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deanno

When is old too old

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deanno

I've been a lorry driver for the last 35 years, and have always done nights. But now they want us to do 13+ hours a night now or take redundancy. So thinking of taking the money and getting a van and wfp setup. But would a reasonably fit bloke in his 50's be able to cope with the pole etc.

Cheers Dean

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solarpanelcleaningltd

If you want it you’ll be fine. Just don’t push yourself. Listen to your body.

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Pjj
3 minutes ago, deanno said:

I've been a lorry driver for the last 35 years, and have always done nights. But now they want us to do 13+ hours a night now or take redundancy. So thinking of taking the money and getting a van and wfp setup. But would a reasonably fit bloke in his 50's be able to cope with the pole etc.

Cheers Dean

Ime 58 this year and do 8 hours a day five days a week , it will take you a while to get used to it but yes you should be fine doing it , you will also  have to build up a round so won’t be doing huge amounts initially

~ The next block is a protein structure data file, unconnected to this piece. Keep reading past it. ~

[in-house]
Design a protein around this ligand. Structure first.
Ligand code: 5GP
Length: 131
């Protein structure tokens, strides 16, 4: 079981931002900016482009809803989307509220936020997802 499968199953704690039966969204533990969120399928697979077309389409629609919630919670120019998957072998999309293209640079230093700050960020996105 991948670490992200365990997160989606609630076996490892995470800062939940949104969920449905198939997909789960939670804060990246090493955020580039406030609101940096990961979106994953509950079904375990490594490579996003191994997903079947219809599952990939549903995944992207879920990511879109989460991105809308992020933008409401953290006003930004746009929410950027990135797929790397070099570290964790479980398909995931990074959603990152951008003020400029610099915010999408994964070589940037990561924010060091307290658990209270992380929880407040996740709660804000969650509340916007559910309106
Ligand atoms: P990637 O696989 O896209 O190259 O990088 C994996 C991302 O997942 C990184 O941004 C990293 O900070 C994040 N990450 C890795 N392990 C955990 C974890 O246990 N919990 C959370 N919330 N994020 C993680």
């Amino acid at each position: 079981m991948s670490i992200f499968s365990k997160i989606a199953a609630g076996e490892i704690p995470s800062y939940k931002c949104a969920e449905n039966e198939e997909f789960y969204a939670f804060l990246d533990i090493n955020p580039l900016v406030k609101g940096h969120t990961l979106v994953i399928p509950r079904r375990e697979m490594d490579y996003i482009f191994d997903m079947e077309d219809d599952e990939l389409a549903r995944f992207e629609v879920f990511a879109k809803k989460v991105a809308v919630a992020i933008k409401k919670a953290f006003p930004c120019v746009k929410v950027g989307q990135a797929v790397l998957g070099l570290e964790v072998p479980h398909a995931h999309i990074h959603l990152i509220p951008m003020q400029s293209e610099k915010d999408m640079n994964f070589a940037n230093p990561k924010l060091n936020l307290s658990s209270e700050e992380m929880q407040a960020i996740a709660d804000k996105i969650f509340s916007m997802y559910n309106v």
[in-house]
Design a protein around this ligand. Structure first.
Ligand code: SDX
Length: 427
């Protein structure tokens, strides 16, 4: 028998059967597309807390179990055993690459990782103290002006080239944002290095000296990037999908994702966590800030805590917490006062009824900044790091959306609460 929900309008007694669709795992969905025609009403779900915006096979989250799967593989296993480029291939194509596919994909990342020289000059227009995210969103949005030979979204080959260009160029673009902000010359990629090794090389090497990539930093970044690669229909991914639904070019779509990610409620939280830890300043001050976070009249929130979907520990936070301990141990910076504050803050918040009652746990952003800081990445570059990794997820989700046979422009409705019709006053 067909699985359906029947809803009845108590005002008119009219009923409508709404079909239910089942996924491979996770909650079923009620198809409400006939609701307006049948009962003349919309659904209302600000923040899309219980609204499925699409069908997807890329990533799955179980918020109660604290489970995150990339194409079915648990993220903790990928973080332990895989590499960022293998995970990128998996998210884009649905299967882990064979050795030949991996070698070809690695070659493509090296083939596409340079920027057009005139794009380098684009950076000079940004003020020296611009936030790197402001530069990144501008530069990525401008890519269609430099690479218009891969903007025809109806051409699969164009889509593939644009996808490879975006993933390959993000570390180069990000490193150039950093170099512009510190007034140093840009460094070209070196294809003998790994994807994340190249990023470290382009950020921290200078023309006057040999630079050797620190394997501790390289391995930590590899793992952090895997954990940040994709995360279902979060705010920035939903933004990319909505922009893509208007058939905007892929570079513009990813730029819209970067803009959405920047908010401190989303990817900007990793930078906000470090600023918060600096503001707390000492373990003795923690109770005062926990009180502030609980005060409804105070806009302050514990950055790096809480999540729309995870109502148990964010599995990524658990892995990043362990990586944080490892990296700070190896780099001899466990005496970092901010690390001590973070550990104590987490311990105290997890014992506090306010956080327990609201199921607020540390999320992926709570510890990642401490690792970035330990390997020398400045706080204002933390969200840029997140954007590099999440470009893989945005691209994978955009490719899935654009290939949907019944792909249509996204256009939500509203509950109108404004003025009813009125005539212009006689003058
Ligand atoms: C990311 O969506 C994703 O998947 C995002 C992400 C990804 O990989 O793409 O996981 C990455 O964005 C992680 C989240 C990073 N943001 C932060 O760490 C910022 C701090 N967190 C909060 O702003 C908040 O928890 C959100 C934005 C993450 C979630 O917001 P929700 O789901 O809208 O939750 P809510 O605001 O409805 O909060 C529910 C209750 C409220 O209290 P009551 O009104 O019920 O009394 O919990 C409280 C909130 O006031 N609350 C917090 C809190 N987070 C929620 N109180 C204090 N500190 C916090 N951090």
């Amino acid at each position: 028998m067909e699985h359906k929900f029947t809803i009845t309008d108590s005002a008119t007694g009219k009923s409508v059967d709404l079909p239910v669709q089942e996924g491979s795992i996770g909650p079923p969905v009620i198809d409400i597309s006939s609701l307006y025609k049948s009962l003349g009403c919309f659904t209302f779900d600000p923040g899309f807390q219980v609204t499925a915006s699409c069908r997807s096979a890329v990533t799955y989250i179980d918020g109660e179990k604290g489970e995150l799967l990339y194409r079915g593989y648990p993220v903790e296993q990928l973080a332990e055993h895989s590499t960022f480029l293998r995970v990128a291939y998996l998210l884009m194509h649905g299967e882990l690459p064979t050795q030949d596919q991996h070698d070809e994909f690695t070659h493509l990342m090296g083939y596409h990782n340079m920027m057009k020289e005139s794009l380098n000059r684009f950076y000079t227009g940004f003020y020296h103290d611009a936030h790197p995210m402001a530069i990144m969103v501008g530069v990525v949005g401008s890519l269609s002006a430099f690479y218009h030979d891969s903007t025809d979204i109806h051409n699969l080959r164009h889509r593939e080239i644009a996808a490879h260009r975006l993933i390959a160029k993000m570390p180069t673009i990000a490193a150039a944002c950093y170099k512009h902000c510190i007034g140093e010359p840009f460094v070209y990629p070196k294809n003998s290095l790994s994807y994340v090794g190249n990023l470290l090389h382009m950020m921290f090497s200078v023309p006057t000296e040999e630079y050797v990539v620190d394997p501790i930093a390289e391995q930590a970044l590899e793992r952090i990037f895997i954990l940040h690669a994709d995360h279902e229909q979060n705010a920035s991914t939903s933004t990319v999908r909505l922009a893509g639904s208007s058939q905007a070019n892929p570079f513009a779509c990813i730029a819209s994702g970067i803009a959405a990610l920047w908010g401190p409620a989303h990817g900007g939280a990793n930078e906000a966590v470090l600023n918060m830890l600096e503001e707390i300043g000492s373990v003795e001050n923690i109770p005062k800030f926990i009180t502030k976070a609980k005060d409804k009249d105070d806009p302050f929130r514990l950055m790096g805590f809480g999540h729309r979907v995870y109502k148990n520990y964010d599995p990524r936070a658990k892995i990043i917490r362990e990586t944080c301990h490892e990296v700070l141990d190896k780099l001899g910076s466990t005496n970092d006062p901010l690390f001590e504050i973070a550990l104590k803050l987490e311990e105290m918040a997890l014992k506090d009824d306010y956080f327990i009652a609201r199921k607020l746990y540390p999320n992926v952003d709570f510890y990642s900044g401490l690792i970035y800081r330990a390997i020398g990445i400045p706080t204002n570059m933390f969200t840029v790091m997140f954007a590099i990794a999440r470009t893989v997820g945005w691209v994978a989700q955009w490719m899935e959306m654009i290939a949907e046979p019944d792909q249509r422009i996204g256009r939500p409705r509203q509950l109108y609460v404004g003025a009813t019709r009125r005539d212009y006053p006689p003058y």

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THL4KEL

Some poles are better than others. The best pole is Gardeners Xtreme poles. Highest grade of carbon fibre, very rigid, very light. But not cheap. 

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Markyboy 50

Do both mate. I do windows and hgv driving. Easy to find a few days or nights driving. 

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Part Timer

All I would say is as long as you build up your muscle mass slowly you'll be alright. You will use a total different set of muscles then you do now. As @Markyboy 50suggested if you did a few days driving and a few days washing windows it should keep the strain off everything, including finances.

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Davy G
17 hours ago, deanno said:

I've been a lorry driver for the last 35 years, and have always done nights. But now they want us to do 13+ hours a night now or take redundancy. So thinking of taking the money and getting a van and wfp setup. But would a reasonably fit bloke in his 50's be able to cope with the pole etc.